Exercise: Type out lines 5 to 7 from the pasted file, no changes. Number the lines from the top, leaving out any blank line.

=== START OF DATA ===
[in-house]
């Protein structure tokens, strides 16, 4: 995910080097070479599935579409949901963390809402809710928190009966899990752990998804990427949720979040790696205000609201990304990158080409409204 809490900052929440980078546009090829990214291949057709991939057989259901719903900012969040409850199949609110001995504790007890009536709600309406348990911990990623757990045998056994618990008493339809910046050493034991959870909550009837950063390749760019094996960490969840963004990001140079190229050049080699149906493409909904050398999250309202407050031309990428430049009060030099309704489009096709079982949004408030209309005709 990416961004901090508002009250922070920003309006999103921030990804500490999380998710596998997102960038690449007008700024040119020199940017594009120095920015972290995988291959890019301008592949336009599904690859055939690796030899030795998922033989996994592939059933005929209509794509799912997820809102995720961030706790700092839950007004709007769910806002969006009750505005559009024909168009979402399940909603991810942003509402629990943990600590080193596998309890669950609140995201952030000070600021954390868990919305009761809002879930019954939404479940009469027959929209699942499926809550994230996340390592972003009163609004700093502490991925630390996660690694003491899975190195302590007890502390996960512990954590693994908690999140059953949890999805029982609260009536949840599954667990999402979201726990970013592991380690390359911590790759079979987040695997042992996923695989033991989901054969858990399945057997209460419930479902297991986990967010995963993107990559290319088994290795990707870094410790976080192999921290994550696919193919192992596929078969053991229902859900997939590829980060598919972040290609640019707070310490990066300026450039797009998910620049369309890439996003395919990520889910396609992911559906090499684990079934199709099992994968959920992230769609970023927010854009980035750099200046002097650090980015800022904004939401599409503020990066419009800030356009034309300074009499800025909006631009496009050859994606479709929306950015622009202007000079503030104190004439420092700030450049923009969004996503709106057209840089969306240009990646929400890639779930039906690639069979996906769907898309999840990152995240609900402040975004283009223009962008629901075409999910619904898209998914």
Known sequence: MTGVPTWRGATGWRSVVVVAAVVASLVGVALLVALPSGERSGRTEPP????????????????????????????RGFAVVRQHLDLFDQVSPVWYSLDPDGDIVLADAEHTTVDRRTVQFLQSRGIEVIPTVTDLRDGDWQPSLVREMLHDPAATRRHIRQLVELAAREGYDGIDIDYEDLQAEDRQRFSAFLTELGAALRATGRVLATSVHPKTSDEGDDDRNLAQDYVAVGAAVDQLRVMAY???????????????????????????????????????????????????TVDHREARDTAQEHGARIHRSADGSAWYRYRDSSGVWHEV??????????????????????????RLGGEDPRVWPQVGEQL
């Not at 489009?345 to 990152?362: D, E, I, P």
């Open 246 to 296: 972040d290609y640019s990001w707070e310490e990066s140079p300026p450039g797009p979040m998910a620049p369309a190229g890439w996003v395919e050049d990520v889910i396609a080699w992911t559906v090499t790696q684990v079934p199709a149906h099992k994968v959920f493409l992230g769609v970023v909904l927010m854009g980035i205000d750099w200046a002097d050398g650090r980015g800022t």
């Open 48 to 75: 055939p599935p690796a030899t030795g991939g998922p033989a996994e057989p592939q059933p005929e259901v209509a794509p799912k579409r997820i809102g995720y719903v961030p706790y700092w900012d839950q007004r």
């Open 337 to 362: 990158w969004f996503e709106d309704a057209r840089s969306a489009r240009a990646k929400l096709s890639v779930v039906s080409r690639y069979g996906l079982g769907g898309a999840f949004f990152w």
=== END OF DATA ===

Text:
């Open 246 to 296: 972040d290609y640019s990001w707070e310490e990066s140079p300026p450039g797009p979040m998910a620049p369309a190229g890439w996003v395919e050049d990520v889910i396609a080699w992911t559906v090499t790696q684990v079934p199709a149906h099992k994968v959920f493409l992230g769609v970023v909904l927010m854009g980035i205000d750099w200046a002097d050398g650090r980015g800022t």
């Open 48 to 75: 055939p599935p690796a030899t030795g991939g998922p033989a996994e057989p592939q059933p005929e259901v209509a794509p799912k579409r997820i809102g995720y719903v961030p706790y700092w900012d839950q007004r």
């Open 337 to 362: 990158w969004f996503e709106d309704a057209r840089s969306a489009r240009a990646k929400l096709s890639v779930v039906s080409r690639y069979g996906l079982g769907g898309a999840f949004f990152w």